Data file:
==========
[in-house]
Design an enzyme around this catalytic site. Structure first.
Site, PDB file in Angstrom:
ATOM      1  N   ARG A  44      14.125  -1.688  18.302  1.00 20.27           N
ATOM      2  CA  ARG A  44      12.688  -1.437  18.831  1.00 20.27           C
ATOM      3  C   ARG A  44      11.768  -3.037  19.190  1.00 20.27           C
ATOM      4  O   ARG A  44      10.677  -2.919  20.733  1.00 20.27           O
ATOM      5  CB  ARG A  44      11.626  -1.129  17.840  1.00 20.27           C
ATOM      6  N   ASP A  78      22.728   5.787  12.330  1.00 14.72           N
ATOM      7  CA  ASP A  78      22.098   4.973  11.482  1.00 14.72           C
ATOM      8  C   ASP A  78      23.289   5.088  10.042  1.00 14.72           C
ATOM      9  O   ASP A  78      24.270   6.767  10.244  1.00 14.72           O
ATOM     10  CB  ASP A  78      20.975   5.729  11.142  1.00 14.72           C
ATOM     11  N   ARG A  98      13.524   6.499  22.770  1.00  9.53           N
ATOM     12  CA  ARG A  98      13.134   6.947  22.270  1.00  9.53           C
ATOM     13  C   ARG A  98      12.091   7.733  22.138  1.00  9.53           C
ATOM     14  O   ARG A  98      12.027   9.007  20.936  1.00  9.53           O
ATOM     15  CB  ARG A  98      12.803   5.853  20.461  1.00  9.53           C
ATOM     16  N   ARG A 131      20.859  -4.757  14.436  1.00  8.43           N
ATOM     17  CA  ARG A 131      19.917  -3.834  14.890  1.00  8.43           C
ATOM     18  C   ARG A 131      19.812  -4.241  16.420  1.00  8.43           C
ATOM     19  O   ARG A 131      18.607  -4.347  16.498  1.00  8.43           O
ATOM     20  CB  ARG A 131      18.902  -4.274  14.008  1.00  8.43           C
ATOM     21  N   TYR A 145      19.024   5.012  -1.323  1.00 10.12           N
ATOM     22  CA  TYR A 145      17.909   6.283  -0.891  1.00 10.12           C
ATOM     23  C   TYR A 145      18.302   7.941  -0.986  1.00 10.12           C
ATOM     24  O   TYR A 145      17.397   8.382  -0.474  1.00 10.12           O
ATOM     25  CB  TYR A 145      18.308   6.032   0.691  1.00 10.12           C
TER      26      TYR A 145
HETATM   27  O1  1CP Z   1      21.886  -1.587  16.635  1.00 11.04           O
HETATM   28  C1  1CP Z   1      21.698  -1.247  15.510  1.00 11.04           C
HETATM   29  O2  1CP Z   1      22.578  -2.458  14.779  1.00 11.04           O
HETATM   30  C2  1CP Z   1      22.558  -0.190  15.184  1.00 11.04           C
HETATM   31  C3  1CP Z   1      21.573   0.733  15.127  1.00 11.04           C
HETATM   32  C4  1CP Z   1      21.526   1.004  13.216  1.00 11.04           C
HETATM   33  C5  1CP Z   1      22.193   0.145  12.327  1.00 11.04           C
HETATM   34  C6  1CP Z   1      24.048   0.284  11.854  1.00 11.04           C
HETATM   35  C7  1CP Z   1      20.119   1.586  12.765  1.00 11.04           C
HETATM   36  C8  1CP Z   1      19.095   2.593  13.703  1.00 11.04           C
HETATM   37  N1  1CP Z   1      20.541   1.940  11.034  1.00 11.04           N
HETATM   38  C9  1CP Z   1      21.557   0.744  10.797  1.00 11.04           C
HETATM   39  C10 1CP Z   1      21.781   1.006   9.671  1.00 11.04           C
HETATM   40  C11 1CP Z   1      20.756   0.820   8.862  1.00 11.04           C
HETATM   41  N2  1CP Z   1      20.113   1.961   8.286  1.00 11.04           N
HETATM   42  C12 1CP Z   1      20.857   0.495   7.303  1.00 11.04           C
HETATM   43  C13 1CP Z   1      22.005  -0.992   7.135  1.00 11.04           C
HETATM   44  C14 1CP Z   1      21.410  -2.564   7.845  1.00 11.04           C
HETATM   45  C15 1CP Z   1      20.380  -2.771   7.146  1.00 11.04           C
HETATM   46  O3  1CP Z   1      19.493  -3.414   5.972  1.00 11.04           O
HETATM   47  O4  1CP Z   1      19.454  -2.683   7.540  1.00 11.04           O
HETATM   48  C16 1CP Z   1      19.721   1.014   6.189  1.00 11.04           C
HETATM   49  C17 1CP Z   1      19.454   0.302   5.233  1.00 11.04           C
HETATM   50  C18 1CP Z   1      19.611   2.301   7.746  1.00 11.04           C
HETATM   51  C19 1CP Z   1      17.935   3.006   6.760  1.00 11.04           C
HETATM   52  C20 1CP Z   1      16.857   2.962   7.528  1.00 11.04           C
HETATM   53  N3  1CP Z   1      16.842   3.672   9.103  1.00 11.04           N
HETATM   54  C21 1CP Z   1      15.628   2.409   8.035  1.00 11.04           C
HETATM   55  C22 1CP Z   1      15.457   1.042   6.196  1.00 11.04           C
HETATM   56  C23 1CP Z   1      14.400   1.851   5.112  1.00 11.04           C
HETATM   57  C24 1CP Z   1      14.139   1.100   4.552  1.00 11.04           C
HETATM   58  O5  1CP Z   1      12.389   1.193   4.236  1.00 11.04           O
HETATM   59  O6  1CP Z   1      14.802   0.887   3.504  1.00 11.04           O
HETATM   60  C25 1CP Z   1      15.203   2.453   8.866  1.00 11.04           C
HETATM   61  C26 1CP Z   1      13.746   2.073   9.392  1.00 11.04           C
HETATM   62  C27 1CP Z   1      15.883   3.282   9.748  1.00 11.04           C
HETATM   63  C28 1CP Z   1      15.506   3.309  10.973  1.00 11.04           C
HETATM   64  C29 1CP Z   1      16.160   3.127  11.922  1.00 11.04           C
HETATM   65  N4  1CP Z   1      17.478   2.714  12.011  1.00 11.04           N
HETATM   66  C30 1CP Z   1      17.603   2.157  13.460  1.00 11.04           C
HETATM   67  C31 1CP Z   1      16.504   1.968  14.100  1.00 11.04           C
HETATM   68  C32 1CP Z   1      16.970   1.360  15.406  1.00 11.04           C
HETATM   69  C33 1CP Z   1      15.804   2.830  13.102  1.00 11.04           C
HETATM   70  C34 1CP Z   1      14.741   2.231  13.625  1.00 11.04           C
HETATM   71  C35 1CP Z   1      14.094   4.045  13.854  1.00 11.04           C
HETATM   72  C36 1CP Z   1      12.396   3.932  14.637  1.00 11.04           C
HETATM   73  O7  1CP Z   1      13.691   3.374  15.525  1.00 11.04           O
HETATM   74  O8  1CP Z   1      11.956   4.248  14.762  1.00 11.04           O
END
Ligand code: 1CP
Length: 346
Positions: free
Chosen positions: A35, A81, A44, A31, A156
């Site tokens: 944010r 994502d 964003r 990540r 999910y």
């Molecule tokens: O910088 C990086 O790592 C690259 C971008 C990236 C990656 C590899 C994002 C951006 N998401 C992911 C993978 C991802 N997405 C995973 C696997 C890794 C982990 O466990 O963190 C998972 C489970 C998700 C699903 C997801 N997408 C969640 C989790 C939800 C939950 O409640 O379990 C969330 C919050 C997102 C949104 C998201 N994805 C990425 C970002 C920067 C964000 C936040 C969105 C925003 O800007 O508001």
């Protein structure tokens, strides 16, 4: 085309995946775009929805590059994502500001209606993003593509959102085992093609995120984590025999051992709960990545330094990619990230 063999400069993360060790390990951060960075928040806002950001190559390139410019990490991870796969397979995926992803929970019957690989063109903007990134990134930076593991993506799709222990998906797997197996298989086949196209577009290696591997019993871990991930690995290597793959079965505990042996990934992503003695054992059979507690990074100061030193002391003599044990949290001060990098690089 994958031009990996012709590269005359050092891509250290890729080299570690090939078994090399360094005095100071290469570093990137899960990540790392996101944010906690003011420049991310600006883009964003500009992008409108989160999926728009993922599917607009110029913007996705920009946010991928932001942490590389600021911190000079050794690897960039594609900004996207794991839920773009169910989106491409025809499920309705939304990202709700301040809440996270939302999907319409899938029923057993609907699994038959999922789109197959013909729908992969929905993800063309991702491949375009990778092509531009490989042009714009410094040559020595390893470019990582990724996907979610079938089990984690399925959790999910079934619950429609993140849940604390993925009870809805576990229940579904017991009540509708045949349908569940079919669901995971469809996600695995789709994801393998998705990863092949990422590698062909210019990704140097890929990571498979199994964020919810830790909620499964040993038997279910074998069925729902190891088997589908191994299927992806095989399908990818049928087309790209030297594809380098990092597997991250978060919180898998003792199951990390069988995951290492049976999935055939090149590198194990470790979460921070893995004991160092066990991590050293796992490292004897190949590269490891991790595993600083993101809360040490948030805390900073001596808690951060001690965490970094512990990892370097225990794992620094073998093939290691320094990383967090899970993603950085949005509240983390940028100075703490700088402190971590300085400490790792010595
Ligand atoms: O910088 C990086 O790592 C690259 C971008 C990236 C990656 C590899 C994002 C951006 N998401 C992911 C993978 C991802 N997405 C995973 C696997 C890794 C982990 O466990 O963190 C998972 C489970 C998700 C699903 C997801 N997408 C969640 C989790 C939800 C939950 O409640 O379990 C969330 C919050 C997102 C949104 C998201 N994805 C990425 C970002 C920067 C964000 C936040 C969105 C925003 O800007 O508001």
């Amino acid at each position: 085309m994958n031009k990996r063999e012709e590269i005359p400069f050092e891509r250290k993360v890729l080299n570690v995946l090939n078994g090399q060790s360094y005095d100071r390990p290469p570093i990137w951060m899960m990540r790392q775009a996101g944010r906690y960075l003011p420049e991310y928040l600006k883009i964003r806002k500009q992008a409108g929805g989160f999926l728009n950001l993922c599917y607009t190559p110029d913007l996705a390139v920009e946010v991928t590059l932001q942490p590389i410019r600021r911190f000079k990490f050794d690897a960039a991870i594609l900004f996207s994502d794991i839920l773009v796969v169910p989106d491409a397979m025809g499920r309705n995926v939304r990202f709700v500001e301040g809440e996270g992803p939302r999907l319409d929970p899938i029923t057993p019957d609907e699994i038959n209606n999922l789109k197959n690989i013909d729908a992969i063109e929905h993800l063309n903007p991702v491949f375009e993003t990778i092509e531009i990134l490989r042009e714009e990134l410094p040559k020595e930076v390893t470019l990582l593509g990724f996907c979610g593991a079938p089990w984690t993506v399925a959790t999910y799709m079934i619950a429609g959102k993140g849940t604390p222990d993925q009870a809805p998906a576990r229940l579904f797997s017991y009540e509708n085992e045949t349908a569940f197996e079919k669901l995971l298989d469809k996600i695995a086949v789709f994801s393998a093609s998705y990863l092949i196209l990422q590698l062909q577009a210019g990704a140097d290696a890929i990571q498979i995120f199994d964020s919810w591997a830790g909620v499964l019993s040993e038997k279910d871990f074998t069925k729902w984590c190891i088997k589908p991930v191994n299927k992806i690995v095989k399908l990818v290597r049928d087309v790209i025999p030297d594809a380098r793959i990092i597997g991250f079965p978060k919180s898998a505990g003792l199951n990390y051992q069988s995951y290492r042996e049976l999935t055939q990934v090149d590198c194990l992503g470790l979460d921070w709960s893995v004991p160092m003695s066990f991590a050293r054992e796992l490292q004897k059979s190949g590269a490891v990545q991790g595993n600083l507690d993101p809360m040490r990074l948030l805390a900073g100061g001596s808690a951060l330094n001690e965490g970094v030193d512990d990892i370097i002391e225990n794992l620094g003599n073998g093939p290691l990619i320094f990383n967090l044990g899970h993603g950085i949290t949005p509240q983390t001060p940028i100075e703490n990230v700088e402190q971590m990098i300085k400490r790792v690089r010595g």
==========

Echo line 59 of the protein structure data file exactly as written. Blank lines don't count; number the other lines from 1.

HETATM   56  C23 1CP Z   1      14.400   1.851   5.112  1.00 11.04           C